What Exactly Is Symantec V-Ray?

Symantec's newly-announced "V-Ray" technology does ... something ... maybe

Data is getting bigger, virtualization is expanding, and data protection applications are ill-prepared to deal with it. This much we can all agree on. But Symantec’s introduction of “V-Ray,” which the company describes as “X-Ray vision into … virtual environments” has just left me puzzled. Is this “marketecture” or some sort of technology or product?

Symantec’s V-Ray Vision

As discussed at Symantec Vision 2011, there is a distinct need within virtualized environments to improve visibility and transparency. As additional layers are added, each is obscures those below it. Virtual machines simply lack the level of visibility seen in physical environments.

The solution, we are told, is “V-Ray.” It “provides transparency of backup images across physical and virtual environments,” which certainly sounds like a positive goal. And Symantec can leverage its “intellectual property around file systems, security, and storage.” But what exactly is Symantec doing here?

I had numerous discussions with Symantec folks at Vision 2011, and it turns out that V-Ray is, in fact, a term for a number of technological features common to many products. First delivered in NetBackup and Backup Exec, the technology known as V-Ray allows these products to identify files within virtual machine images, enabling file-level recovery. It will also be leveraged by Symantec’s Endpoint Protection security products, allowing quicker scanning when the product “knows” which files have already been scanned and which have changed.

Put together, these features will allow these products to interact more efficiently and completely, sharing configuration information and other metadata. The V-Ray concept will extend into management applications and across Symantec’s software portfolio.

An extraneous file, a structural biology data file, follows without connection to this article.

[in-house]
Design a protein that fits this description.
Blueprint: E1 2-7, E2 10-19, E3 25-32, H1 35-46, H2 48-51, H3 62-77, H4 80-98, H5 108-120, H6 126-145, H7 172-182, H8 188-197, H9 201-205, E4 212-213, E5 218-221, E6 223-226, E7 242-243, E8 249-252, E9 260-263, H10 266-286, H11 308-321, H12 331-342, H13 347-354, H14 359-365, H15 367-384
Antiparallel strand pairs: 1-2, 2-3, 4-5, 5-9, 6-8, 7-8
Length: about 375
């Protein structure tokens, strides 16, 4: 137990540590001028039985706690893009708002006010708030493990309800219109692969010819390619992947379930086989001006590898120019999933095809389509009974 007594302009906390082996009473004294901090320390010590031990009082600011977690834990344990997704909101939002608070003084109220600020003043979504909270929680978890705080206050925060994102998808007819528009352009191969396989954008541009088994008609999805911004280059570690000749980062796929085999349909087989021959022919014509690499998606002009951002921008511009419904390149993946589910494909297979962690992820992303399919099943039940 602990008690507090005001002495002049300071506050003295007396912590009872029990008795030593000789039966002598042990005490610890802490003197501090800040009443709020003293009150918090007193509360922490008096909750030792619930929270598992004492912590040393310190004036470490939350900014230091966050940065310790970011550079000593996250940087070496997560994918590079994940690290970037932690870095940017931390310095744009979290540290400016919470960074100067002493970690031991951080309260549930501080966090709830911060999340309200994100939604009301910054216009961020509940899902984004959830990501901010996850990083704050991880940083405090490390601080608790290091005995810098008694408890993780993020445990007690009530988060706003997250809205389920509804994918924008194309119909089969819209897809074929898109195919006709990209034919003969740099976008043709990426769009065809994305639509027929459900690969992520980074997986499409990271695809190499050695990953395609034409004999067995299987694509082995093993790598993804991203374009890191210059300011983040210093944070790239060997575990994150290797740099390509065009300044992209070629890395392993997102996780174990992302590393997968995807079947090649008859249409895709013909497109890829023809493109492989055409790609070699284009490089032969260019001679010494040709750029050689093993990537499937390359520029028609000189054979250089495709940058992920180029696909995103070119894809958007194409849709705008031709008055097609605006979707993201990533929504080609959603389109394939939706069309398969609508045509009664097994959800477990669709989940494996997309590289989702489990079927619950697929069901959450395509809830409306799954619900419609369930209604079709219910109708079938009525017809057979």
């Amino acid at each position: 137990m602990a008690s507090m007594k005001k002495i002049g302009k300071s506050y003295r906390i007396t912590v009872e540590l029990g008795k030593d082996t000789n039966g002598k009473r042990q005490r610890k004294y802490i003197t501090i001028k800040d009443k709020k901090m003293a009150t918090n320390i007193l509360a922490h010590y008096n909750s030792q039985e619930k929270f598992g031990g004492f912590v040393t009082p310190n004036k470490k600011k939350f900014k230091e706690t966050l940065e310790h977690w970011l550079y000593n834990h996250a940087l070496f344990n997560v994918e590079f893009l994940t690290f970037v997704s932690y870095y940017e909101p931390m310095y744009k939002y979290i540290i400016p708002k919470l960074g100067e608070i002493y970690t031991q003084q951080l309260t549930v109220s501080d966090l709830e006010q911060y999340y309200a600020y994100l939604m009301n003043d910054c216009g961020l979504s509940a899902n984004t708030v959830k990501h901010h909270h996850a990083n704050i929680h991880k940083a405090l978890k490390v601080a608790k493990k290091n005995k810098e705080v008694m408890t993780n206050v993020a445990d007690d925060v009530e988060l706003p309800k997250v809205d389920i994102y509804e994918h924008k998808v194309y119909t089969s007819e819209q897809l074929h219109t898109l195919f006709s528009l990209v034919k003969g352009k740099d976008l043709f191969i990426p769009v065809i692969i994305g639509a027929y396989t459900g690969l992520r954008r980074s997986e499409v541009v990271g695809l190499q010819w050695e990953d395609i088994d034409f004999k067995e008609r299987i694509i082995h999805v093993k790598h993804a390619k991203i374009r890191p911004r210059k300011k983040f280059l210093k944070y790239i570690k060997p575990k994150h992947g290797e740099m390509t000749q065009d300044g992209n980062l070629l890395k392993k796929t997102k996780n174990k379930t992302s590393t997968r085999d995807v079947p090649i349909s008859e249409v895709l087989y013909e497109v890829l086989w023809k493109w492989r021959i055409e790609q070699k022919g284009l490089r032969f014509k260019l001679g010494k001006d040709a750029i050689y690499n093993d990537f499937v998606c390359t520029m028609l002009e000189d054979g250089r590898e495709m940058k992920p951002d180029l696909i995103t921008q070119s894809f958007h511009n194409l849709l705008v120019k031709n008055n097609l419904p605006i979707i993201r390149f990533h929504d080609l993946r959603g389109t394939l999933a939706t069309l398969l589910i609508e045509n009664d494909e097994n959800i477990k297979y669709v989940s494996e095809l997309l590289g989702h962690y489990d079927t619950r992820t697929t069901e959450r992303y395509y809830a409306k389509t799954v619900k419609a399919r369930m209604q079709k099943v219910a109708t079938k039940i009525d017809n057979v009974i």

Symantec also made this clever video. Too bad it doesn’t say what exactly V-Ray is!

Stephen’s Stance

Anything that enables better management of virtual machines is a win in my book, but I wish this “V-Ray” idea wasn’t so opaque. I’d love a single page specifying exactly which technologies fall under this umbrella and that this “deep technology” really does.

Symantec has great IP for managing storage and applications as well as protecting data, but they haven’t always been able to leverage and communicate this technology. V-Ray is a step in the right direction conceptually, merging their storage, backup, and security smarts and spreading the result far and wide. But right now it appears to be more “marketecture” than real substance. Here’s hoping it matures into some solid, useful offerings in time for Symantec Vision 2012!

Disclosure: Symantec paid my expenses to attend Symantec Vision 2011 and has repeatedly sponsored Tech Field Day and other activities I am involved with. I am under no obligation to the company to write about their products, positive or negative.

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  • http://twitter.com/seanjregan Sean Regan

    Stephen,  NIce pictures!  We never go to connect on this one live and Curtis suggested I find you. Apologies for not nailing down some time at the event.  I fear we must have missed